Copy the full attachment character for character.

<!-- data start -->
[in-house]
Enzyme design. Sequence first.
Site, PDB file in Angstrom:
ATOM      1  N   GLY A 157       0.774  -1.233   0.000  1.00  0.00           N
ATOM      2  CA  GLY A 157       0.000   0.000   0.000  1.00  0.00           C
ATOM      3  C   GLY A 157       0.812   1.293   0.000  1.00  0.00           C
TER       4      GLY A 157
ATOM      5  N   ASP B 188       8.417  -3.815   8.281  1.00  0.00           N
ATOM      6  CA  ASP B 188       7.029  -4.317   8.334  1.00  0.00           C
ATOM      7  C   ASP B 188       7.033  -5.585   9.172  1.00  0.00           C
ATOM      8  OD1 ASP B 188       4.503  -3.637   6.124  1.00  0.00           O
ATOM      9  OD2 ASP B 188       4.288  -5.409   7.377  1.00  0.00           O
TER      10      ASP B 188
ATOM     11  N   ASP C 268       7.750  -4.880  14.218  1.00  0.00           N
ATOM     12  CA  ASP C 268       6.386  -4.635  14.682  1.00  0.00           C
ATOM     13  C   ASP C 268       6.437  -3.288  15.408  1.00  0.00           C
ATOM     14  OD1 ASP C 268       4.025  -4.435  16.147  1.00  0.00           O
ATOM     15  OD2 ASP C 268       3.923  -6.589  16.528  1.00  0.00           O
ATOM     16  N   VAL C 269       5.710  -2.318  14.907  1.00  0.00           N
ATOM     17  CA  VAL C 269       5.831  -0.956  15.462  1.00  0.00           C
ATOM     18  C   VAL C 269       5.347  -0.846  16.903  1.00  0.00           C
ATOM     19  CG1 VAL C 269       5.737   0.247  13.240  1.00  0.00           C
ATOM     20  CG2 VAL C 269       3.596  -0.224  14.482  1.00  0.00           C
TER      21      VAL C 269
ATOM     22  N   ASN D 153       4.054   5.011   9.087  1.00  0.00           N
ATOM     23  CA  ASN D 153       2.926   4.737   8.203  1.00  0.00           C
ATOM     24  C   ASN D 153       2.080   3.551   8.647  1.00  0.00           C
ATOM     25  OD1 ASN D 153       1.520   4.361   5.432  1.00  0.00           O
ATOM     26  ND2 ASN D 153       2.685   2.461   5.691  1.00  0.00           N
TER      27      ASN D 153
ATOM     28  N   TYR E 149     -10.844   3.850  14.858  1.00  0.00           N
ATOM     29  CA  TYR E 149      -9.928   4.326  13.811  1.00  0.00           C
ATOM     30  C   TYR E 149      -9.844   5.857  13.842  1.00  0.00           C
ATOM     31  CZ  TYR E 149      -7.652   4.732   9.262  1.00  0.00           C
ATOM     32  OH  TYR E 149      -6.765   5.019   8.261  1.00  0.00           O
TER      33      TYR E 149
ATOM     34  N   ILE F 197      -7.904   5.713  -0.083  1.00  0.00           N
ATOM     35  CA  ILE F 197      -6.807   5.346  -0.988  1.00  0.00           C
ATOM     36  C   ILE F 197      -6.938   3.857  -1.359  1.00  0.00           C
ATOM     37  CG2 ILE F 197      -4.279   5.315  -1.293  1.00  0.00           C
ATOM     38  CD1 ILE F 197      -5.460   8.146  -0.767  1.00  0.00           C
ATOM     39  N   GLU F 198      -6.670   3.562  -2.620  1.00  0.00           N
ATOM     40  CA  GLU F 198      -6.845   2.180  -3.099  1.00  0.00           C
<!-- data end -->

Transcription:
[in-house]
Enzyme design. Sequence first.
Site, PDB file in Angstrom:
ATOM      1  N   GLY A 157       0.774  -1.233   0.000  1.00  0.00           N
ATOM      2  CA  GLY A 157       0.000   0.000   0.000  1.00  0.00           C
ATOM      3  C   GLY A 157       0.812   1.293   0.000  1.00  0.00           C
TER       4      GLY A 157
ATOM      5  N   ASP B 188       8.417  -3.815   8.281  1.00  0.00           N
ATOM      6  CA  ASP B 188       7.029  -4.317   8.334  1.00  0.00           C
ATOM      7  C   ASP B 188       7.033  -5.585   9.172  1.00  0.00           C
ATOM      8  OD1 ASP B 188       4.503  -3.637   6.124  1.00  0.00           O
ATOM      9  OD2 ASP B 188       4.288  -5.409   7.377  1.00  0.00           O
TER      10      ASP B 188
ATOM     11  N   ASP C 268       7.750  -4.880  14.218  1.00  0.00           N
ATOM     12  CA  ASP C 268       6.386  -4.635  14.682  1.00  0.00           C
ATOM     13  C   ASP C 268       6.437  -3.288  15.408  1.00  0.00           C
ATOM     14  OD1 ASP C 268       4.025  -4.435  16.147  1.00  0.00           O
ATOM     15  OD2 ASP C 268       3.923  -6.589  16.528  1.00  0.00           O
ATOM     16  N   VAL C 269       5.710  -2.318  14.907  1.00  0.00           N
ATOM     17  CA  VAL C 269       5.831  -0.956  15.462  1.00  0.00           C
ATOM     18  C   VAL C 269       5.347  -0.846  16.903  1.00  0.00           C
ATOM     19  CG1 VAL C 269       5.737   0.247  13.240  1.00  0.00           C
ATOM     20  CG2 VAL C 269       3.596  -0.224  14.482  1.00  0.00           C
TER      21      VAL C 269
ATOM     22  N   ASN D 153       4.054   5.011   9.087  1.00  0.00           N
ATOM     23  CA  ASN D 153       2.926   4.737   8.203  1.00  0.00           C
ATOM     24  C   ASN D 153       2.080   3.551   8.647  1.00  0.00           C
ATOM     25  OD1 ASN D 153       1.520   4.361   5.432  1.00  0.00           O
ATOM     26  ND2 ASN D 153       2.685   2.461   5.691  1.00  0.00           N
TER      27      ASN D 153
ATOM     28  N   TYR E 149     -10.844   3.850  14.858  1.00  0.00           N
ATOM     29  CA  TYR E 149      -9.928   4.326  13.811  1.00  0.00           C
ATOM     30  C   TYR E 149      -9.844   5.857  13.842  1.00  0.00           C
ATOM     31  CZ  TYR E 149      -7.652   4.732   9.262  1.00  0.00           C
ATOM     32  OH  TYR E 149      -6.765   5.019   8.261  1.00  0.00           O
TER      33      TYR E 149
ATOM     34  N   ILE F 197      -7.904   5.713  -0.083  1.00  0.00           N
ATOM     35  CA  ILE F 197      -6.807   5.346  -0.988  1.00  0.00           C
ATOM     36  C   ILE F 197      -6.938   3.857  -1.359  1.00  0.00           C
ATOM     37  CG2 ILE F 197      -4.279   5.315  -1.293  1.00  0.00           C
ATOM     38  CD1 ILE F 197      -5.460   8.146  -0.767  1.00  0.00           C
ATOM     39  N   GLU F 198      -6.670   3.562  -2.620  1.00  0.00           N
ATOM     40  CA  GLU F 198      -6.845   2.180  -3.099  1.00  0.00           C